A few short weeks ago, the wait for North American RPG fans ended as Bravely Default finally made its way overseas and into our 3DSes. While I waited with bated breath for that game to launch, I also took the time to think back on my RPG-playing history. Even after all these years, I still consider myself relatively new to the scene, only discovering more elaborate RPGs like the Final Fantasy and Baten Kaitos series recently. That being said, all journeys have to start somewhere; like most RPG heroes, mine started humbly.
The very first RPG I ever got my hands on was Super Mario RPG: Legend of the Seven Stars. I still remember going to the local video and game store (those were a thing), renting the game, rushing home, and hating every second of it. My young mind didn’t get it; this was unlike any other game I had ever played. The battles were turn-based, you healed with items, and a party came along with you everywhere. “This isn’t Mario!” I cried. But I paid good money ($3.00) to rent this game for a weekend, and dammit, I was going to play it.
As time went on and I started to “get” the game, I started liking it. And the more I liked it, the more loonies and quarters I saved to be able to rent it over and over again. Soon the controls and gameplay just “clicked” for me, and the game went from being a weird chore to something I actually enjoyed playing. To me, being able to successfully survive a turn with minimal damage thanks to my equipped items then dealing a huge amount of damage to my enemy was a huge rush. That was the moment I realized that I actually really liked RPGs.
In fact, I can thank Super Mario RPG for being such a “kinder, gentler” kind of RPG. The mechanics are simpler, the enemies will wait for you to finish your turn, and you’re not constantly being bombarded by obtuse statistics. The game still stands as a perfect learning tool for younger gamers looking to get into one of gaming’s most hardcore genres.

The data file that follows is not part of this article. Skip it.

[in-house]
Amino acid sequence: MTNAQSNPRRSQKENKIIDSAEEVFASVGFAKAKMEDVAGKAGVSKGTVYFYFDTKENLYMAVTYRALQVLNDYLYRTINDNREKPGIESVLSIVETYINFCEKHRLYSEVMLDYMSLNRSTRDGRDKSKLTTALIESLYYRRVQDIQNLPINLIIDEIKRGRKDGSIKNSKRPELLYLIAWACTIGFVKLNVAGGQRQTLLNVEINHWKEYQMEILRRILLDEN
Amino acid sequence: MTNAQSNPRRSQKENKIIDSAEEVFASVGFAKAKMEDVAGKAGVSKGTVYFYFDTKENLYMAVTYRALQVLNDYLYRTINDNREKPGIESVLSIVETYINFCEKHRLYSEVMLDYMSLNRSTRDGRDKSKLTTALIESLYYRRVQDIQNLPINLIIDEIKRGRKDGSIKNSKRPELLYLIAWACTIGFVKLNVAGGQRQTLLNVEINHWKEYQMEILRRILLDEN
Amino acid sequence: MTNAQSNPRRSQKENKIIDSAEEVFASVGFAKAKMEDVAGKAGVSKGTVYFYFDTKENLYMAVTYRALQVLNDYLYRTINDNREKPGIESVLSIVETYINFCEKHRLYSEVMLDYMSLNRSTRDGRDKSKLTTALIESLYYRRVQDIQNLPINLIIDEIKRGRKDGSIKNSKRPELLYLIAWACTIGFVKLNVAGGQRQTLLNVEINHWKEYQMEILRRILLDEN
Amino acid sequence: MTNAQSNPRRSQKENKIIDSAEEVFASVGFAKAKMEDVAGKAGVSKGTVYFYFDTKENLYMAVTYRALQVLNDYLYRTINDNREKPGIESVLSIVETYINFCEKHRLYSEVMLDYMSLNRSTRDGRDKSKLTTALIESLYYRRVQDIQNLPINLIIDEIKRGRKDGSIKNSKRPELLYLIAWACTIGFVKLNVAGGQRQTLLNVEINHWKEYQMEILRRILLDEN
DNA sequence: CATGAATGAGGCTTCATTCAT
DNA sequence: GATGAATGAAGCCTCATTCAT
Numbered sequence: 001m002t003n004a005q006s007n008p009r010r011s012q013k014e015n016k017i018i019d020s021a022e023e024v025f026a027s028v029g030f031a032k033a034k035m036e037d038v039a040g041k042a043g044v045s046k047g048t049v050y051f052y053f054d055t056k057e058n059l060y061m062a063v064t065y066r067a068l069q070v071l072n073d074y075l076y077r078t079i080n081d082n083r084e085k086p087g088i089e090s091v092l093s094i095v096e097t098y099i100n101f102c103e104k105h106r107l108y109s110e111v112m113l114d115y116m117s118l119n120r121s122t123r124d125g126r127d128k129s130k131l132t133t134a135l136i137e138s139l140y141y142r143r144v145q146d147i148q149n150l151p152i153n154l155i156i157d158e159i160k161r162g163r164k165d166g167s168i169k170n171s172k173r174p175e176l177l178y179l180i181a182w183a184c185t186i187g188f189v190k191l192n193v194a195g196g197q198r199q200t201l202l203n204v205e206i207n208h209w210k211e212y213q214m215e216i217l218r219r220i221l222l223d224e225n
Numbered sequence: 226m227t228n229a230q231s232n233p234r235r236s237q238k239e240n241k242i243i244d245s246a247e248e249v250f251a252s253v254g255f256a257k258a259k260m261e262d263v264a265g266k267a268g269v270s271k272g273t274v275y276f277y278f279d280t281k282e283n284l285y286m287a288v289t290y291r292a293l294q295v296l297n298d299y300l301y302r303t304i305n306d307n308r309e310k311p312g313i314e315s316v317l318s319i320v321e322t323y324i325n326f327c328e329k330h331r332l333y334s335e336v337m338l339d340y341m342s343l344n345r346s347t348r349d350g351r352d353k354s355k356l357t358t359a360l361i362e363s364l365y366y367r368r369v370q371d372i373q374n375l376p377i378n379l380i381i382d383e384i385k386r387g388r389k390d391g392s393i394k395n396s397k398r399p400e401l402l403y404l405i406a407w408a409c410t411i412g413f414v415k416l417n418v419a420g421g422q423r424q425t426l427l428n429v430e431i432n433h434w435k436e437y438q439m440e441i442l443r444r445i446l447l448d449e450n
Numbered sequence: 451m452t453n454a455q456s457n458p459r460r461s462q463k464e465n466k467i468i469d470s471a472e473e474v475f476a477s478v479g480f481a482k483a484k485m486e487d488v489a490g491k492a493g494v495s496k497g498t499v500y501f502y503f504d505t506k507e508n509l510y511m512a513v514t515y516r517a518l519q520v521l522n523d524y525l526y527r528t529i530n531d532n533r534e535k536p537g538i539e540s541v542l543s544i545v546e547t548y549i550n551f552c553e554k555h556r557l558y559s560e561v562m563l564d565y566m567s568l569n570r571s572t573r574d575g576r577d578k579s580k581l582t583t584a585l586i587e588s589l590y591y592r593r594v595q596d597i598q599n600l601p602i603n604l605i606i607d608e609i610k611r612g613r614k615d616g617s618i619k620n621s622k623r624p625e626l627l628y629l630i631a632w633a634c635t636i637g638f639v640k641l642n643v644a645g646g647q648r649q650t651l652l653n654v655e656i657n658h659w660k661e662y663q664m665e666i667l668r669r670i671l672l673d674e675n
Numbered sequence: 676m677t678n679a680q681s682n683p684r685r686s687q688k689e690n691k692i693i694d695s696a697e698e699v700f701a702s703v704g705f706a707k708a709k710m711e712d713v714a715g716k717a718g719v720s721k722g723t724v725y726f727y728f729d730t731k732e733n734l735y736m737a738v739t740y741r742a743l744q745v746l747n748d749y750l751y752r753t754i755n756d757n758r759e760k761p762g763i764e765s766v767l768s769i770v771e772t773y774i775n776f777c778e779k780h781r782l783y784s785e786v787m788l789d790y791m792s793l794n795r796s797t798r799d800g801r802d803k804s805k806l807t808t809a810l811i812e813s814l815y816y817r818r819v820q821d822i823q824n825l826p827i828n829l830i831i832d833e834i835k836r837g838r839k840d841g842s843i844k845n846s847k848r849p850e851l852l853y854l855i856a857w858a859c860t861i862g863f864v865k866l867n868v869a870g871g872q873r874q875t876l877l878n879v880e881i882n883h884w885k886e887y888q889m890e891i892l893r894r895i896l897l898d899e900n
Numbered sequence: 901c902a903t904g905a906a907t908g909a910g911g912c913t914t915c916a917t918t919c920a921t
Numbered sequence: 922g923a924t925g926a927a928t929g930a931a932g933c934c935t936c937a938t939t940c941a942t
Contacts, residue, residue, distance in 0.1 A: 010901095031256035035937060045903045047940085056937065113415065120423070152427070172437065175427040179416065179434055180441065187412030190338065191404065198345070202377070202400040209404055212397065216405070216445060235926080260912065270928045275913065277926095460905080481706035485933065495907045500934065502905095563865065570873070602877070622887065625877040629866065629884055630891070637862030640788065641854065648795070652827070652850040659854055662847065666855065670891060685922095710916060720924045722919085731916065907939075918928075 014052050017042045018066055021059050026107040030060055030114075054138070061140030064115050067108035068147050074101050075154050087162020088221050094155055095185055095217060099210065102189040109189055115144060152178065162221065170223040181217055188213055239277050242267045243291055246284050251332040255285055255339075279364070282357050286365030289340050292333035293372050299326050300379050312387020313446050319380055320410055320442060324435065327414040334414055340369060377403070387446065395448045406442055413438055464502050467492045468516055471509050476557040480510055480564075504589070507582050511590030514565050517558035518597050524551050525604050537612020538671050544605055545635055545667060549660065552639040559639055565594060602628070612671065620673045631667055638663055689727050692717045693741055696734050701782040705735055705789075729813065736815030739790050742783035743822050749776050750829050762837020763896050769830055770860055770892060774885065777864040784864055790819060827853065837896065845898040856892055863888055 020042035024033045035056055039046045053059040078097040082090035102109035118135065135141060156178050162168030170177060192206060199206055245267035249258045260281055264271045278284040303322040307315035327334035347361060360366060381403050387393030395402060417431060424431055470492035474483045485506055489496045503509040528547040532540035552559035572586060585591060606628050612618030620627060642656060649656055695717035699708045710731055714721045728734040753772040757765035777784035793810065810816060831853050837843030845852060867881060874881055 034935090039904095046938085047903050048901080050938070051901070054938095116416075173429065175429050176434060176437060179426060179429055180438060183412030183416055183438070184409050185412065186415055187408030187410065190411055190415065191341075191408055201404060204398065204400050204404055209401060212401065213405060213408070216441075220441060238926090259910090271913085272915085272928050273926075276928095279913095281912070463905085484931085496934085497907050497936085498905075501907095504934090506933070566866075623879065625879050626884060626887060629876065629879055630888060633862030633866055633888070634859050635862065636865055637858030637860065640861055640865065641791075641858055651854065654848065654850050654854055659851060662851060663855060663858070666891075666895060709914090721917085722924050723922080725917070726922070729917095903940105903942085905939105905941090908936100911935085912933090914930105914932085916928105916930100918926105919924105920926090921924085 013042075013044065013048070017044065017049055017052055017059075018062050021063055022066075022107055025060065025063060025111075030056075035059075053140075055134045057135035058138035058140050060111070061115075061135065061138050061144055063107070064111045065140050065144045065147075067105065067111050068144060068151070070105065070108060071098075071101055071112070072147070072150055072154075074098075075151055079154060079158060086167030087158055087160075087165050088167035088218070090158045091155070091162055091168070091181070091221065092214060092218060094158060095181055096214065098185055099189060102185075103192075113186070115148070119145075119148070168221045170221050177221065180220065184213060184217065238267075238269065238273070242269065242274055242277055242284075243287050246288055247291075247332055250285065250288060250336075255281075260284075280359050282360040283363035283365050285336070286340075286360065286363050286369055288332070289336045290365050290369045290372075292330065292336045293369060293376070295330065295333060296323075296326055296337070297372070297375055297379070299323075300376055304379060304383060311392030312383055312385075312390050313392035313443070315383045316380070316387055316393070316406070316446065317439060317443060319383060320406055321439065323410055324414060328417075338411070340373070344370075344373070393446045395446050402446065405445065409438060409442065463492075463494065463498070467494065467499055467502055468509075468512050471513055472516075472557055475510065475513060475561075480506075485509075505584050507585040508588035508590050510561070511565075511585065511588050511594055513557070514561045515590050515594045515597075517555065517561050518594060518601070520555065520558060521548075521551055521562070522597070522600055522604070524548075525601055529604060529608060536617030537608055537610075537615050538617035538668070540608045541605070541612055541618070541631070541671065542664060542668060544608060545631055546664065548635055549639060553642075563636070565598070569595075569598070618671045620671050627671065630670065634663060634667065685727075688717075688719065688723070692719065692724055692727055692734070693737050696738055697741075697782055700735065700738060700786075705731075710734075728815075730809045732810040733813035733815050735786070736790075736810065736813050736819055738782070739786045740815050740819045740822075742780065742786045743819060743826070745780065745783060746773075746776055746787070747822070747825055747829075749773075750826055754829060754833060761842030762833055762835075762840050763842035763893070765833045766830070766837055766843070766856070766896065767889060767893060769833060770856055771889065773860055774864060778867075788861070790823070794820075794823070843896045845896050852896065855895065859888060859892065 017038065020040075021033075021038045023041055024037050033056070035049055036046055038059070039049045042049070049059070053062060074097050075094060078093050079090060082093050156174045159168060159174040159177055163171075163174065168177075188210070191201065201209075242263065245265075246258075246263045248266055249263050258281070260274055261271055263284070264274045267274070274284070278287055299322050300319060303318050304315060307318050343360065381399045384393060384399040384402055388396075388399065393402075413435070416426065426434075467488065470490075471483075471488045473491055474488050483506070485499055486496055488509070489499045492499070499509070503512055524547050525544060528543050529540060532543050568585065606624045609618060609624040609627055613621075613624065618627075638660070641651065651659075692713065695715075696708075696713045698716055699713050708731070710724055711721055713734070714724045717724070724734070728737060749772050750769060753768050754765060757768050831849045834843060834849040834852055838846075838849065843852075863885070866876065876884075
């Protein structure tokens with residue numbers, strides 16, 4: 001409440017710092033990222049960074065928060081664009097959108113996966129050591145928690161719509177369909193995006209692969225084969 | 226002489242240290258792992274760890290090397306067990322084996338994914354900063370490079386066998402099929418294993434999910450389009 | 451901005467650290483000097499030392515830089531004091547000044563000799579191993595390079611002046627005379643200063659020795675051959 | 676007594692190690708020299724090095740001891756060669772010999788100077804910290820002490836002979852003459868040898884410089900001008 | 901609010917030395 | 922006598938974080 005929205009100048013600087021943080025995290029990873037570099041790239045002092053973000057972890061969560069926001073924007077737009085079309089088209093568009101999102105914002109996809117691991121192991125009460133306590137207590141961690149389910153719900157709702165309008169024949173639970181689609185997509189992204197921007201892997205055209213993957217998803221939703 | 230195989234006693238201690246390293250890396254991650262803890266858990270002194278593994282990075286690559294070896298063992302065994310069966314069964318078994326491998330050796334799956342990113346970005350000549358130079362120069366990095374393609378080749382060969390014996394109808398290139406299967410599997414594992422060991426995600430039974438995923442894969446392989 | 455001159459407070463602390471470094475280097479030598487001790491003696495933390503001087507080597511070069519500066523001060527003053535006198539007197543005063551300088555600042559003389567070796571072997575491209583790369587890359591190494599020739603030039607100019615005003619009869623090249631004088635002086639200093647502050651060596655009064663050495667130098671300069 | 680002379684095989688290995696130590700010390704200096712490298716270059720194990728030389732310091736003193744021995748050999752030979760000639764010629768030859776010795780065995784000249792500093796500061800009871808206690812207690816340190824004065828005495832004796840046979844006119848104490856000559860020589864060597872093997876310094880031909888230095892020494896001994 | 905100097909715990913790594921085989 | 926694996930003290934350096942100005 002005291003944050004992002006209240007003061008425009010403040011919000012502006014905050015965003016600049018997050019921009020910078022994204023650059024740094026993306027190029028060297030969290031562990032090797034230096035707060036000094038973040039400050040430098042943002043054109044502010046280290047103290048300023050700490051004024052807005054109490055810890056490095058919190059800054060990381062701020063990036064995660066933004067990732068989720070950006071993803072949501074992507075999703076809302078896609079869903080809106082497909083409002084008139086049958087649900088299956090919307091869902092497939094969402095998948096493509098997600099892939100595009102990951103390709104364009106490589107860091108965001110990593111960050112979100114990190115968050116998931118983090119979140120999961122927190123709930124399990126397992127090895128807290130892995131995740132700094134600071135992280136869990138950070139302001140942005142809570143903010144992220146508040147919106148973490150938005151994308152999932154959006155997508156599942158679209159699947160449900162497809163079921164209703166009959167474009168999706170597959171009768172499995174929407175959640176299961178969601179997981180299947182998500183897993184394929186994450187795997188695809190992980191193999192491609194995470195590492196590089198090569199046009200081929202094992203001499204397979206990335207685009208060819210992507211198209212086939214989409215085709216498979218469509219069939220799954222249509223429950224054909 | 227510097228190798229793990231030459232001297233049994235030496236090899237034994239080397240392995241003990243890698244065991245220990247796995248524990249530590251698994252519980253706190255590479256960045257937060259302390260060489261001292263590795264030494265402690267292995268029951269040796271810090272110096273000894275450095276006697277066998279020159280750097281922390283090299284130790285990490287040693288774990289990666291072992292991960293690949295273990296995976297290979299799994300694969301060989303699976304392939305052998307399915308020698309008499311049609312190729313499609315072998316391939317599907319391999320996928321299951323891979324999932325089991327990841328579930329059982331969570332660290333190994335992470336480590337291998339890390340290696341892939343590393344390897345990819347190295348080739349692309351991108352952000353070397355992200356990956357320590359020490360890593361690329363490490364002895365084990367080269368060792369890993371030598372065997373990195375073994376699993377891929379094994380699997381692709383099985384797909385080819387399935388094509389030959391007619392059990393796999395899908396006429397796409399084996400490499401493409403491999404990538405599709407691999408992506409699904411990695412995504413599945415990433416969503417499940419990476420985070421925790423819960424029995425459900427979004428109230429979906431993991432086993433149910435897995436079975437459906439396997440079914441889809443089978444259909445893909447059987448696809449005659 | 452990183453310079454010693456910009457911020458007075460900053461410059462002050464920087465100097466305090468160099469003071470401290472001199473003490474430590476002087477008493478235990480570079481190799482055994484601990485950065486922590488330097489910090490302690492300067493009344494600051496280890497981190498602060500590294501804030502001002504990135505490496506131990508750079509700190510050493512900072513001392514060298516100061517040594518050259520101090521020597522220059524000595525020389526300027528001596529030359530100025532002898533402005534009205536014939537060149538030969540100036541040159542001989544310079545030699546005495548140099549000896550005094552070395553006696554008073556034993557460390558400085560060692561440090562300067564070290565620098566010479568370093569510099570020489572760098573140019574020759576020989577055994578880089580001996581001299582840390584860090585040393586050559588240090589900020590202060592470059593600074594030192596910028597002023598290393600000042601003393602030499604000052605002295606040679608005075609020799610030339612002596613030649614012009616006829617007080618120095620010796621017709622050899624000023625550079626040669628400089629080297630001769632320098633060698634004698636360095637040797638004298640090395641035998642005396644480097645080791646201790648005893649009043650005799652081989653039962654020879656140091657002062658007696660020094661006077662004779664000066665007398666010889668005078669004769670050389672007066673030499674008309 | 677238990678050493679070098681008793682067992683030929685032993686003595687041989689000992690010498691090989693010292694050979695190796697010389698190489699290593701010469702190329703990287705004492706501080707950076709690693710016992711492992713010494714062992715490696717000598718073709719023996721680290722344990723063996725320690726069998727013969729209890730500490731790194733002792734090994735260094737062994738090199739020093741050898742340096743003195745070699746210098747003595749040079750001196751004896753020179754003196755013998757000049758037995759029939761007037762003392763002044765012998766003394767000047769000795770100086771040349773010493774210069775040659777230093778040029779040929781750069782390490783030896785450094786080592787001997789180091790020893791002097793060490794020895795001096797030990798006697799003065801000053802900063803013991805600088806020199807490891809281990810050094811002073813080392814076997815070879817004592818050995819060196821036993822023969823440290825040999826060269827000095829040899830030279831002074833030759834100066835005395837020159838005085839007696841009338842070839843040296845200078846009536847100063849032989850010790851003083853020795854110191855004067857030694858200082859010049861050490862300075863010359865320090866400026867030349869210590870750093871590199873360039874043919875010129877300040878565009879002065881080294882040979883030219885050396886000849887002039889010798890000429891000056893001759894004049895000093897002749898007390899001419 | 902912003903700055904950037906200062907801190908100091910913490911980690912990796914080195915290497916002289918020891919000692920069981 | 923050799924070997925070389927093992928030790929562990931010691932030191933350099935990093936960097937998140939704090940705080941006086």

From the very first time I snapped the cartridge into my Super Nintendo to this very day, I still think Mario RPG is an impressive-looking game. It came out as the SNES was bowing out to the Nintendo 64 and 3D graphics were becoming all the rage; a 16-bit title standing out so much in a world of 64-bit games was quite an achievement. The soundtrack was also mind-numbingly great, with classics like the Axem Rangers theme finding its way onto my cell phone as a ringtone.
Without a doubt, Mario RPG ’s biggest claim to fame was how it made Mario’s world a living, breathing place where Bowser doesn’t have to be the bad guy. It became a place where new characters could leave an indelible mark and where saving the princess is just the first step on a larger, more epic journey. Without Mario RPG, games like Paper Mario and those in the Mario & Luigi series would have never seen the light of day. I don’t know about you, but that’s not a world I want to live in.
As I mentioned, Super Mario RPG is a pretty basic RPG by modern standards - so much so that it borders on ridiculously easy. The enemies and bosses never really hit back hard, and it’s very easy to level up and get the best items. That being said, Mario RPG is still a fun and satisfying game that will keep you playing for hours on end. In terms of replayability, the game is filled with Easter eggs and secrets (including visitors from other Nintendo and Square games), and speaking with all the NPCs often reveals some more secrets or hints.
It’s such a relief that little, chubby me did not get discouraged with Super Mario RPG when he first picked it up at the video store. Because if he had, big chubby me might not have experienced some of the best RPGs and games of all time. While I count games like Chrono Trigger, Final Fantasy IV, and Xenoblade: Chronicles among my favourites of all time nowadays, I would never have given them the time of day if it hadn’t been for Mario’s first RPG.
This retro review is based on Super Mario RPG: Legend of the Seven Stars, which was originally released for the Super Nintendo Entertainment System on May 13th 1996.